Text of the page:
I have an admission to make. I have been a future junkie for the past seven years. And I now realize that all that future focus sapped joy, peace, and a lot of potential from my life. You see, while in college I realized that my life was to help people design lives with intention. And from that day forward I also designed my own life with intention. I thought a lot about what I really wanted my life to be like and then focused my intentions and actions on making my vision a reality.
In many ways this act of creating a vision, setting goals, and going after our dreams can do amazing things. It can help us grow our endurance in order to complete a marathon. It can help us persevere in a tough job market to land our dream internship. Or it can help us tap into what we really want and deserve in a future relationship.
However, in my case, an unwavering focus on my ideal life and what I needed to do to get there left me exhausted and sometimes scared. It was tiring to constantly be thinking about what I needed to “do next” to reach a new level in my business. If I had a good sales day, I felt good about my career vision and achieving it. If I had a slow day in the studio, I started to worry that I wouldn’t reach my revenue goals for the year. Up and down. Up and down. My moods vacillated with the circumstances of the day. It was emotionally draining and left me constantly focusing on what I didn’t have yet.
Recently, I’ve started to shift this internal focus. I’m tired of my old “success” paradigm, and I’m swapping it out for something new. Instead of future tripping everyday on what I need to do to get where I want to be, I’m focusing on what I have to give each day. By turning my attention away from where I’m lacking onto what I have to share, I’m finally experiencing all that happiness and satisfaction I “thought” I’d feel once I achieved my goals.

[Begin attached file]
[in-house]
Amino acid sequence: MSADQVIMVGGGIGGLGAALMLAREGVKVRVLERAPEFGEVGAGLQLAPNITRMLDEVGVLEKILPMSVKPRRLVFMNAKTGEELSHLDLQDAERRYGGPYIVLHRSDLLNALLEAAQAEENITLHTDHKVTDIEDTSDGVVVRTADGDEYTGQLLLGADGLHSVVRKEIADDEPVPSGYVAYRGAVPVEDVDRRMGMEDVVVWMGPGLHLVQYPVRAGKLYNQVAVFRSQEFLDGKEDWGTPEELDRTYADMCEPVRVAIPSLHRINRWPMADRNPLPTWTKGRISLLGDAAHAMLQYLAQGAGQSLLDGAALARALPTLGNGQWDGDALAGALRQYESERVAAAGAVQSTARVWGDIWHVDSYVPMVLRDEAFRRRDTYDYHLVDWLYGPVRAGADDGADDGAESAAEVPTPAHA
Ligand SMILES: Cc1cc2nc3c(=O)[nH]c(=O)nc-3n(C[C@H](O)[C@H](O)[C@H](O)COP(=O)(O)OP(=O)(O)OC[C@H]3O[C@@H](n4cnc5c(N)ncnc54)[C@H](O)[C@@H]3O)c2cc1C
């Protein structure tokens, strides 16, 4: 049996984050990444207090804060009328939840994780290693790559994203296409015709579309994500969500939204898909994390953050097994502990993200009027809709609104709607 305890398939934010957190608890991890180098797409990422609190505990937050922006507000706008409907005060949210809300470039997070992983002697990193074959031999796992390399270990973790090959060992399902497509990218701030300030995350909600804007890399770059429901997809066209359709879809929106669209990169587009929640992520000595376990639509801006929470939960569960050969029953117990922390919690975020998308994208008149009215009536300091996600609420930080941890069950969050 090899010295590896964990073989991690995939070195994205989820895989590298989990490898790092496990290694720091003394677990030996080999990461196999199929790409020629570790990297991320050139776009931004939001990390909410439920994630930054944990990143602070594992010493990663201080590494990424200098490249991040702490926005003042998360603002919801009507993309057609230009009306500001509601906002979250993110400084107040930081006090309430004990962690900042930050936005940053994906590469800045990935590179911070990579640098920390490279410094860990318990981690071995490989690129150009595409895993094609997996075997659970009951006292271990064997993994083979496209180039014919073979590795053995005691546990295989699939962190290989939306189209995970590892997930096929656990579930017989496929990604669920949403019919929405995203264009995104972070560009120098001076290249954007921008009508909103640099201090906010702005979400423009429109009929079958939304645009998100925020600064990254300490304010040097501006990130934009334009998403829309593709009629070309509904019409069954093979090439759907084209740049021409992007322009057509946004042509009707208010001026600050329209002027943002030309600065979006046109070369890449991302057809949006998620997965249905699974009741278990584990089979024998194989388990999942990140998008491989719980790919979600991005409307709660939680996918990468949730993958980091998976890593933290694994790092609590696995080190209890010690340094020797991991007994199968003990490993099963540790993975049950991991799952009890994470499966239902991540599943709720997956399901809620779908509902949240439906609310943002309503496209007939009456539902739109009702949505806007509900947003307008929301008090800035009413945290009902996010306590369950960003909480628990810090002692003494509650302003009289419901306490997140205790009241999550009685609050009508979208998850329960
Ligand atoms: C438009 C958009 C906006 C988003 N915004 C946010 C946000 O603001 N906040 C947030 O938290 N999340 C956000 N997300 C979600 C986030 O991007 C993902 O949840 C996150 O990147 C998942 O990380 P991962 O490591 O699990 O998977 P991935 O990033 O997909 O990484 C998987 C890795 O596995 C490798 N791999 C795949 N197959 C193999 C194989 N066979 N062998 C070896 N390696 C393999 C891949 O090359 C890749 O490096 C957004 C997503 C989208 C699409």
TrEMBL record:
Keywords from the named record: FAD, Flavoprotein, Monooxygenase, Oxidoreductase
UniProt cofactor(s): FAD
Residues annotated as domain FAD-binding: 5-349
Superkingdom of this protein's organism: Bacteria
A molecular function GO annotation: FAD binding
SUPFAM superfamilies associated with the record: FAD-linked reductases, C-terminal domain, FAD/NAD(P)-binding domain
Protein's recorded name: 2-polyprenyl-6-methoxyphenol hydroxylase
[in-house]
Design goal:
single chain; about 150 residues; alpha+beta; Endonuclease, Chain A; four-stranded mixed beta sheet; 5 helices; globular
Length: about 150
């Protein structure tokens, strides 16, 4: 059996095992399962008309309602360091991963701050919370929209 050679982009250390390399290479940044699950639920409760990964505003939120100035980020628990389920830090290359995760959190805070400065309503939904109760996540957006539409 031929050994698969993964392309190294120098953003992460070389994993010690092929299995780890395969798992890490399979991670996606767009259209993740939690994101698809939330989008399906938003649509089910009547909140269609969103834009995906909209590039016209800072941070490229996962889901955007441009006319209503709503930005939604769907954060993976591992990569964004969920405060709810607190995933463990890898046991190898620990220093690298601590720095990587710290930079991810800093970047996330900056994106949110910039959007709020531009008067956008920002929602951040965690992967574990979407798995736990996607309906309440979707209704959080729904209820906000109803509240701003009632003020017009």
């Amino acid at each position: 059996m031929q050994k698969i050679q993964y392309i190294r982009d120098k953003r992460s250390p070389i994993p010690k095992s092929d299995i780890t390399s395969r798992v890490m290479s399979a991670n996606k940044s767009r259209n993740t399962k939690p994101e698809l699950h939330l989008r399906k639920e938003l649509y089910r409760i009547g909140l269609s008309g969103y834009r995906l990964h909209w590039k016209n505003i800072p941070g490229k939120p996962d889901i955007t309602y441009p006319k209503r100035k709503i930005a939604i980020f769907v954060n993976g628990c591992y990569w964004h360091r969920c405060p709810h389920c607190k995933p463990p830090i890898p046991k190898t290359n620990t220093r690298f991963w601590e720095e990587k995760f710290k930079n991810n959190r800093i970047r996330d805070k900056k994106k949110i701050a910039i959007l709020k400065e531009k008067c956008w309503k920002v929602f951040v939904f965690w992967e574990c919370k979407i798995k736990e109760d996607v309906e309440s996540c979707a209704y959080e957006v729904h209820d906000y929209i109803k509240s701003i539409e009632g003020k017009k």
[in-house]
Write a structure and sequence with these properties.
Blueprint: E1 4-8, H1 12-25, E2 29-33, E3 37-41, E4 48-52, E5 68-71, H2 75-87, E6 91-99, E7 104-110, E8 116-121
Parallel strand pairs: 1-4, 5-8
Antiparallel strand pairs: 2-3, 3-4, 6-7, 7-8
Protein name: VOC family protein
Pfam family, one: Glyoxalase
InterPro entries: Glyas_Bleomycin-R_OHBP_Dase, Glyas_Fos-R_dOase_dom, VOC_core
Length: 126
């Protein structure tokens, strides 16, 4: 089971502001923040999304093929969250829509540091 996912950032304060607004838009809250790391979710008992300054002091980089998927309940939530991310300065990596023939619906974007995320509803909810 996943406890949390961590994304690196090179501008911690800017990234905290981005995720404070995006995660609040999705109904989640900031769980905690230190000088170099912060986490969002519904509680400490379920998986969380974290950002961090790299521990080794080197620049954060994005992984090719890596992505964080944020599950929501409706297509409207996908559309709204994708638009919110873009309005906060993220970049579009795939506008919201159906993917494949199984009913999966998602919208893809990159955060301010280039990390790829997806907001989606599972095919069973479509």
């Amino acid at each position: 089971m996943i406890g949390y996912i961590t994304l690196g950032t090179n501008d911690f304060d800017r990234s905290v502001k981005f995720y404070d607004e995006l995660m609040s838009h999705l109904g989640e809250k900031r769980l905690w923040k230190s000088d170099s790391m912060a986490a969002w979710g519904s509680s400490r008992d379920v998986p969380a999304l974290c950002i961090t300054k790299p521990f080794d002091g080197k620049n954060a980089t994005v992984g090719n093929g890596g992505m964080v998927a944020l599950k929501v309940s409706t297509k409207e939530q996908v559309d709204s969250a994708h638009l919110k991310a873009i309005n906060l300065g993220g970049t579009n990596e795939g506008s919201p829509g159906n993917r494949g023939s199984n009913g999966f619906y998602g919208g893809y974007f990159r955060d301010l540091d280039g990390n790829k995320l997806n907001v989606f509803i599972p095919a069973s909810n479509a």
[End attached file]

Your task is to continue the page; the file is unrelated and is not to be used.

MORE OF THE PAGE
I now realize there will always be new goals to make and mountains to climb. And striving to grow and expand as a person is important. But true joy is only experienced when we are focused on the present moment. So that is where our minds need to dwell in order to feel the satisfaction we seek. So far, I have discovered three ways to help maintain this present, service-minded mentality.
Focus on Contribution
Rather than meditating on the distance between our present reality and the vision we have for our future, we can spend our days devoted to serving others in whatever ways we can. We can think of kind things to do for people we will interact with each day. Or, we can track all the times that we help our co-workers or better assist our customers.
Keeping our focus on the knowledge, resources, and love we have to give right now reminds us that we are capable people right this very moment. We don’t need our goals to be achieved in order to validate our significance and impact in the present moment.
Do What You Love
One big hindrance to living a present-minded life is the idea that we have to reach some goal before we are allowed to do what we love. Instead of saying, “I’ll figure out what I really want to do after graduation,” we can dive into our personal interests daily.
When we are enjoying our time and pursuing our passions, we are taking the focus off the future and opening ourselves up to new experiences. And those experiences may provide new opportunities or even help us achieve our long-term goals in the process.
Count Your Blessings
Future tripping robs our appreciation for what we currently have. Taking time to really acknowledge and value all the good things in our lives helps us recognize how much we have to be grateful for.
Showing our appreciation for our current situation allows us to feel lighter, freer, and less likely to attach our happiness onto future events. When we feel grateful for all that we have, we can also seek out new ways to share that abundance with others and perhaps make a positive impact even greater than imagined during our goal-setting to begin with.
By shifting our focus away from what we don’t have yet onto service and the present moment, we can change “I’ll be happy when…” to “I am happy now.”
See other Living Well columns by Jess Lively here.